The Boy Who Killed With Toys

I am writing a couple of thousand words a day at the moment. My aim is to write 60 short stories by the end of the year. Here is the beginning of one. I am just tinkering about. I’ll take it down again in a few hours. I hope that by the time I have written 60, 15 won’t be bad. I am hoping that writing with the word count of a 1940s pulp magazine writer, I’ll eventually stumble on the story I am looking for. Most of the ones I have written in last few weeks fit broadly in the horror genre, not sure where this one is going yet.

Story

He should never have been looking for his toy, but it was new and he was excited.
A blue water pistol.
He must have been fiddling with it in the car on the way to the farm and it got caught up in the rug or dropped under the seat. Now they were on the way home, he wanted to look at it again.

While he was searching for it under the seat, something happened.
The car stopped sharply, from 30 to 0 in a second, but he wouldn’t have known the numbers.
It was confusing.
Why did it stop?

His sister was crying and holding her head. She was his big sister to him. Seven is so big when you’re three.
Nearly three.
His mother was behind the wheel.
Still, utterly still.
He had never seen her so still.
He’d seen her sleeping, but never this still.

“Why’s mummy’s eyes closed?”

His sister didn’t stop crying. There was blood in her hair. There was no blood on his mum. He didn’t know why she had stopped everything, but he did know it was his fault.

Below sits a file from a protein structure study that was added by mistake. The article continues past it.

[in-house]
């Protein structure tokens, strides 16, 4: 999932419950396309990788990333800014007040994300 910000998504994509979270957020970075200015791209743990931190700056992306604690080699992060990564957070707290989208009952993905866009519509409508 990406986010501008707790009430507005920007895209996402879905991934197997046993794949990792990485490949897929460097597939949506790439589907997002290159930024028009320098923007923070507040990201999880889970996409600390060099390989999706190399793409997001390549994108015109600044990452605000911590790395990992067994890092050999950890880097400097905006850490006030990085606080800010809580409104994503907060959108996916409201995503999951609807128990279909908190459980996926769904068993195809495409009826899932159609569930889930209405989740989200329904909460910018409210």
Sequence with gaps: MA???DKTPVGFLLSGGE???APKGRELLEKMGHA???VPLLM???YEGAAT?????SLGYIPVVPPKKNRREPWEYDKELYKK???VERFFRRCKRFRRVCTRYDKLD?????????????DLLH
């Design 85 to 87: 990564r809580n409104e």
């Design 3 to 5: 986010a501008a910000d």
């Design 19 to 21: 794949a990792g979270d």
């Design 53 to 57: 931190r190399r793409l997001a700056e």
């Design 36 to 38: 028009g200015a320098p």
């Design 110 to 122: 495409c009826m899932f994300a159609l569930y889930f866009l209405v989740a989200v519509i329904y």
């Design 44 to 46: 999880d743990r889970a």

He shouldn’t have gone under the seat. It was the passenger seat. No one in there.
But it had done something.
He had been fiddling around, and the fiddling had caused this.

His sister was told off for fiddle faddling around all the time, and now he knew why.

When he was older, he might realise how much time went by as he sat confused in the crying and the silence.
He didn’t cry.
He didn’t know.
He couldn’t see into the dark.
He couldn’t see the van that seconds before had been over the speed limit and unaware of the curves in the road. It was still now too.
For the time being, all that had happened was some kind of nothing that he had brought upon everyone by looking for that gun.
He wasn’t looking anymore.
It was probably in reach now, but he didn’t want to move, because he didn’t know what movement would do. He didn’t want to cause anything else, he had done enough.

There was a woman now. He thought she might be quite round, tied up in a big beige coat.
He didn’t know if she’d come out of the fields or from along the road. Maybe she was from the van or car behind.
Did she know what he had done?
She had a big roll of toilet paper ready to mop the mess in his sister’s head.
It was all becoming jumbled now.
Had she come to the car twice and gone back for the toilet paper, or did she come running with it in hand?
So much going on, people looking at him, did they know he was guilty?
He wondered if he was concealing it all or giving it away.
No one seemed angry with him.
He was waiting to be told off, but everyone was busy with his sister, with him, while his mother was left alone. Did anyone know she was still silently there?

(And then something more happens)

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